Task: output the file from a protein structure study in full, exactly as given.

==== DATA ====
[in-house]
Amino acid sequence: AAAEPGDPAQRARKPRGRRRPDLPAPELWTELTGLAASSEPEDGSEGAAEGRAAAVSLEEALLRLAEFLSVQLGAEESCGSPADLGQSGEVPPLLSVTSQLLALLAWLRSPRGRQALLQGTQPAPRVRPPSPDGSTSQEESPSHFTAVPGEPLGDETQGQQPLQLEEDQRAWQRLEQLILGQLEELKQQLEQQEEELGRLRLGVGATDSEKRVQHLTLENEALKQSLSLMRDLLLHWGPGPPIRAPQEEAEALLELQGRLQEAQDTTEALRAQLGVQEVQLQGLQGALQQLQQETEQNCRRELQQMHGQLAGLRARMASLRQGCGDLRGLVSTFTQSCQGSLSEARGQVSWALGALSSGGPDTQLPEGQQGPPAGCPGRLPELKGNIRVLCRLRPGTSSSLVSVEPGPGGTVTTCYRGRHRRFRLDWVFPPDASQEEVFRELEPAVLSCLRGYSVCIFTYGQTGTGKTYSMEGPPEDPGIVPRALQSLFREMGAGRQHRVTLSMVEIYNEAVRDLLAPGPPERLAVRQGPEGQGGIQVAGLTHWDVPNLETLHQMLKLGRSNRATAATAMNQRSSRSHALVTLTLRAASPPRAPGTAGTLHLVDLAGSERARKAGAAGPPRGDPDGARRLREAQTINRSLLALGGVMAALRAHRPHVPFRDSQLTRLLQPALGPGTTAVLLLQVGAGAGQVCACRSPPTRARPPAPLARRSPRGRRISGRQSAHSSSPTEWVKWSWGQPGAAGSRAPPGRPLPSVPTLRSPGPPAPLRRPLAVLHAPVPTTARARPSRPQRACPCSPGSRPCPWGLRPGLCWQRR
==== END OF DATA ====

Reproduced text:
[in-house]
Amino acid sequence: AAAEPGDPAQRARKPRGRRRPDLPAPELWTELTGLAASSEPEDGSEGAAEGRAAAVSLEEALLRLAEFLSVQLGAEESCGSPADLGQSGEVPPLLSVTSQLLALLAWLRSPRGRQALLQGTQPAPRVRPPSPDGSTSQEESPSHFTAVPGEPLGDETQGQQPLQLEEDQRAWQRLEQLILGQLEELKQQLEQQEEELGRLRLGVGATDSEKRVQHLTLENEALKQSLSLMRDLLLHWGPGPPIRAPQEEAEALLELQGRLQEAQDTTEALRAQLGVQEVQLQGLQGALQQLQQETEQNCRRELQQMHGQLAGLRARMASLRQGCGDLRGLVSTFTQSCQGSLSEARGQVSWALGALSSGGPDTQLPEGQQGPPAGCPGRLPELKGNIRVLCRLRPGTSSSLVSVEPGPGGTVTTCYRGRHRRFRLDWVFPPDASQEEVFRELEPAVLSCLRGYSVCIFTYGQTGTGKTYSMEGPPEDPGIVPRALQSLFREMGAGRQHRVTLSMVEIYNEAVRDLLAPGPPERLAVRQGPEGQGGIQVAGLTHWDVPNLETLHQMLKLGRSNRATAATAMNQRSSRSHALVTLTLRAASPPRAPGTAGTLHLVDLAGSERARKAGAAGPPRGDPDGARRLREAQTINRSLLALGGVMAALRAHRPHVPFRDSQLTRLLQPALGPGTTAVLLLQVGAGAGQVCACRSPPTRARPPAPLARRSPRGRRISGRQSAHSSSPTEWVKWSWGQPGAAGSRAPPGRPLPSVPTLRSPGPPAPLRRPLAVLHAPVPTTARARPSRPQRACPCSPGSRPCPWGLRPGLCWQRR